Two recent reports give conflicting results concerning the link between moderate drinking and obesity. The first study by Arif et al looked at the association between obesity and alcohol consumption in 8,236 non-smoking. US respondents participating in the Third National Health and Nutrition Examination Survey. Alcohol consumption was measured through history of drinking, binge drinking, quantity of drinks/day, frequency of drinking, and average volume of drinks/week.
Approximately 46% of respondents were classified as current drinkers. Current drinkers had lower odds of obesity (adjusted odds ratio=0.73, 95% CI: 0.55, 0.97) as compared to non-drinkers. The odds of overweight and obesity were significantly greater among binge drinkers and those consuming four or more drinks/day, however.
The study is important as it evaluates the pattern of drinking, and because it excluded ever smokers; smoking is one of the main confounders in studies of alcohol and body weight, as drinkers are more likely to smoke and smokers tend to be leaner. The results suggest that moderate, frequent, drinking is associated with the lowest body mass index, a measure of obesity. The paper also reports that heavy or binge drinking negates any potentially protective effects on obesity.
The second paper by Wannamethee SG et al looked at the effects of quantity and type of drink and time relation with meals. The authors examined the cross-sectional association between alcohol intake, patterns of drinking and adiposity [body mass index (BMI), waist-to-hip ratio (WHR), waist circumference (WC) and percentage body fat (%BF)]. They studied 3,327 men aged 6079 with no history of myocardial infarction, stroke or diabetes drawn from general practices in 24 British towns.
Results indicated that BMI, WHR, WC and %BF increased significantly with increasing alcohol intake even after adjustment for potential confounders. Men who consumed >21 units/week showed higher levels of obesity than nondrinkers and lighter drinkers, irrespective of the predominant type of drink consumed (wine, beer, spirits or mixed). Among drinkers, a positive association was seen between alcohol intake and the adiposity variables irrespective of whether the alcohol was drunk with or separately from meals.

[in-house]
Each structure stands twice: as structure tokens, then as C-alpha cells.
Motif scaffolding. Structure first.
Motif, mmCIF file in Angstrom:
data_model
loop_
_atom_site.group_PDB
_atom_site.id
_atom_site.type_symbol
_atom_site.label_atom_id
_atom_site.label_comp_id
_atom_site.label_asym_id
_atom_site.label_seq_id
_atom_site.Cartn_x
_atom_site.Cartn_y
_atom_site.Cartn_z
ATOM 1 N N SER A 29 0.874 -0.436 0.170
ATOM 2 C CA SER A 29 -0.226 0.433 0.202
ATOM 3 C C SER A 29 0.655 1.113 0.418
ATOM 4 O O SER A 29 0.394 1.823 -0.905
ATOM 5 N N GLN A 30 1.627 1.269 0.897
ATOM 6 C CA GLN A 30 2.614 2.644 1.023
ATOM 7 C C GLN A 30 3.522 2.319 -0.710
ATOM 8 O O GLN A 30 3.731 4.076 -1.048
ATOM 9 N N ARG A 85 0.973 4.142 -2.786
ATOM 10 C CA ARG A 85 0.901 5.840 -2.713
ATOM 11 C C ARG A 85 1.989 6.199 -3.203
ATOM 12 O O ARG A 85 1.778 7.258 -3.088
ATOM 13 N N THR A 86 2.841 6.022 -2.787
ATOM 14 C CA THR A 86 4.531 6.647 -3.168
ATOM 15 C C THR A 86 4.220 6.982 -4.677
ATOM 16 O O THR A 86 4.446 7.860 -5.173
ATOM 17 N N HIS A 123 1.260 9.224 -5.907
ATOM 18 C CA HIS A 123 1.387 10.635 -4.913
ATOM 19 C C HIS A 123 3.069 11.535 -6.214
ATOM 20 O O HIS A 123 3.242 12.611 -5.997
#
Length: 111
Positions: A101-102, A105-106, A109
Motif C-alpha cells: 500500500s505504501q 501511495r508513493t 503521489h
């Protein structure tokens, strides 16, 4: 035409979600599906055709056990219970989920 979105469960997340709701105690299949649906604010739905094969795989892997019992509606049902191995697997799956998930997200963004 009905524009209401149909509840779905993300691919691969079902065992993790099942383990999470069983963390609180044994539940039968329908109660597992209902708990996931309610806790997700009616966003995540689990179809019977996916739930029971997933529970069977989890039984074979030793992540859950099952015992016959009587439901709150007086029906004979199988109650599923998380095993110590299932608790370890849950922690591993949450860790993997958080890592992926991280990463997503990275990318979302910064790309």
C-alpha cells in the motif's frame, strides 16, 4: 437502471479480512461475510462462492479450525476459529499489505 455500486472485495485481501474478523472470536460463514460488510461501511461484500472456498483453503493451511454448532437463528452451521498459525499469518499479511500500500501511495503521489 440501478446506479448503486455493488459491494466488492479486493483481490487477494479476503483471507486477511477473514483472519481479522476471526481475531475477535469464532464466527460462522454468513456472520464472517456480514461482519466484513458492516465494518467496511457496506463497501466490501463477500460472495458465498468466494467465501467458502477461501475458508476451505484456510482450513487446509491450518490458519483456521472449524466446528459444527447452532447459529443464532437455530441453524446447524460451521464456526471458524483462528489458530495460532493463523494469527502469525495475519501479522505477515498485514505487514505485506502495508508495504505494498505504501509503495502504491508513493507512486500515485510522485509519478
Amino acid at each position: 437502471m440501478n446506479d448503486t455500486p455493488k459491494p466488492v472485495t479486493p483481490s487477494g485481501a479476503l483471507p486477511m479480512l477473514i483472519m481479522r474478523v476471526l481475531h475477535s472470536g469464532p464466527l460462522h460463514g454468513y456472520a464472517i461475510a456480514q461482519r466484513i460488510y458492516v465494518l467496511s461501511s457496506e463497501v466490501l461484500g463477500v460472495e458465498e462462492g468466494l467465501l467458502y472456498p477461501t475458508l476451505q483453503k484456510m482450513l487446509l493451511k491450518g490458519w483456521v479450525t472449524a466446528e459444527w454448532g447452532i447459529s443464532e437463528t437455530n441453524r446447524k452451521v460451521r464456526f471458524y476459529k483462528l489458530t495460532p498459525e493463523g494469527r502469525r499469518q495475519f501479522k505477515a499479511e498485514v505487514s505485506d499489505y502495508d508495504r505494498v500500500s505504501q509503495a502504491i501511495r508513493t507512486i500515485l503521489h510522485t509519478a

The authors conclude that higher alcohol consumption (>21 units/week) is positively associated with higher obesity , findings that are not supported in many recent studies of light to-moderate drinkers. The results show no increase, for very light consumers (1-6 drinks/week), but the next higher group (7-20 drinks/week) shows an increase in most measures.
The reasons why the subjects in this study did not show an inverse association with body weight with light drinking, is unclear. Only men were assessed in this study and it is known that binge drinking negates any potential reduction in obesity. Drinking pattern or frequency of drinking were not measured in this study, which may account for the findings.
Sources:Arif AA, Rohrer JE. Patterns of alcohol drinking and its association with obesity: data from the Third National Health and Nutrition Examination Survey, 1988-1994. BMC Public Health 2005;5:126
Wannamethee SG et al Alcohol and adiposity: effects of quantity and type of drink and time relation with meals. Int J Obes 2005;29:14361444.